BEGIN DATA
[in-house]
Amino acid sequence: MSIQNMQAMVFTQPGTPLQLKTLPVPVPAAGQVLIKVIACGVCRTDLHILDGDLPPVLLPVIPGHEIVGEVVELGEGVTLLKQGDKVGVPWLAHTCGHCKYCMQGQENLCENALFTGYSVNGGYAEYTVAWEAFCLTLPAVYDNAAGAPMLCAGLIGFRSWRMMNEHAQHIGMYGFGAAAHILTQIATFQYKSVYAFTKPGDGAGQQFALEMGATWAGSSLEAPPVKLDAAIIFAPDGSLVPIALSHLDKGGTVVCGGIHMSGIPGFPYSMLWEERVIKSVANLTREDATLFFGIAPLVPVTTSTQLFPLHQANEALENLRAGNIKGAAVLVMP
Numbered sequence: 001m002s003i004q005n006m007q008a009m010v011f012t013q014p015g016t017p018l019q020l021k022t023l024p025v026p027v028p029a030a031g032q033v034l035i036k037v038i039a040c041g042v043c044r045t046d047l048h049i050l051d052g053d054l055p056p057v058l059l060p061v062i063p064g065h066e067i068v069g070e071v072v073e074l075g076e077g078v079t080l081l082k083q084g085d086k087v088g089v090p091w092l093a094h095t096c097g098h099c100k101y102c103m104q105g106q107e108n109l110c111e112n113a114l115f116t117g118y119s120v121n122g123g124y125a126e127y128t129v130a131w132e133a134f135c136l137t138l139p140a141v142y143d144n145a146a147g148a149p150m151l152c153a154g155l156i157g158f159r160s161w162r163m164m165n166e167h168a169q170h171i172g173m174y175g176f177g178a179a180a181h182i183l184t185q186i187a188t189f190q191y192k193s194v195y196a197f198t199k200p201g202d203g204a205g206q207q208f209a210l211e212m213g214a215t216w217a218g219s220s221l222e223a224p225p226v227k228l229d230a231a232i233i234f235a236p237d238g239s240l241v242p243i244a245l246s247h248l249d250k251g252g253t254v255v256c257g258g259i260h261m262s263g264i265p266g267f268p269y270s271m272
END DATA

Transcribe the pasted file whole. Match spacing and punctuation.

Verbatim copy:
[in-house]
Amino acid sequence: MSIQNMQAMVFTQPGTPLQLKTLPVPVPAAGQVLIKVIACGVCRTDLHILDGDLPPVLLPVIPGHEIVGEVVELGEGVTLLKQGDKVGVPWLAHTCGHCKYCMQGQENLCENALFTGYSVNGGYAEYTVAWEAFCLTLPAVYDNAAGAPMLCAGLIGFRSWRMMNEHAQHIGMYGFGAAAHILTQIATFQYKSVYAFTKPGDGAGQQFALEMGATWAGSSLEAPPVKLDAAIIFAPDGSLVPIALSHLDKGGTVVCGGIHMSGIPGFPYSMLWEERVIKSVANLTREDATLFFGIAPLVPVTTSTQLFPLHQANEALENLRAGNIKGAAVLVMP
Numbered sequence: 001m002s003i004q005n006m007q008a009m010v011f012t013q014p015g016t017p018l019q020l021k022t023l024p025v026p027v028p029a030a031g032q033v034l035i036k037v038i039a040c041g042v043c044r045t046d047l048h049i050l051d052g053d054l055p056p057v058l059l060p061v062i063p064g065h066e067i068v069g070e071v072v073e074l075g076e077g078v079t080l081l082k083q084g085d086k087v088g089v090p091w092l093a094h095t096c097g098h099c100k101y102c103m104q105g106q107e108n109l110c111e112n113a114l115f116t117g118y119s120v121n122g123g124y125a126e127y128t129v130a131w132e133a134f135c136l137t138l139p140a141v142y143d144n145a146a147g148a149p150m151l152c153a154g155l156i157g158f159r160s161w162r163m164m165n166e167h168a169q170h171i172g173m174y175g176f177g178a179a180a181h182i183l184t185q186i187a188t189f190q191y192k193s194v195y196a197f198t199k200p201g202d203g204a205g206q207q208f209a210l211e212m213g214a215t216w217a218g219s220s221l222e223a224p225p226v227k228l229d230a231a232i233i234f235a236p237d238g239s240l241v242p243i244a245l246s247h248l249d250k251g252g253t254v255v256c257g258g259i260h261m262s263g264i265p266g267f268p269y270s271m272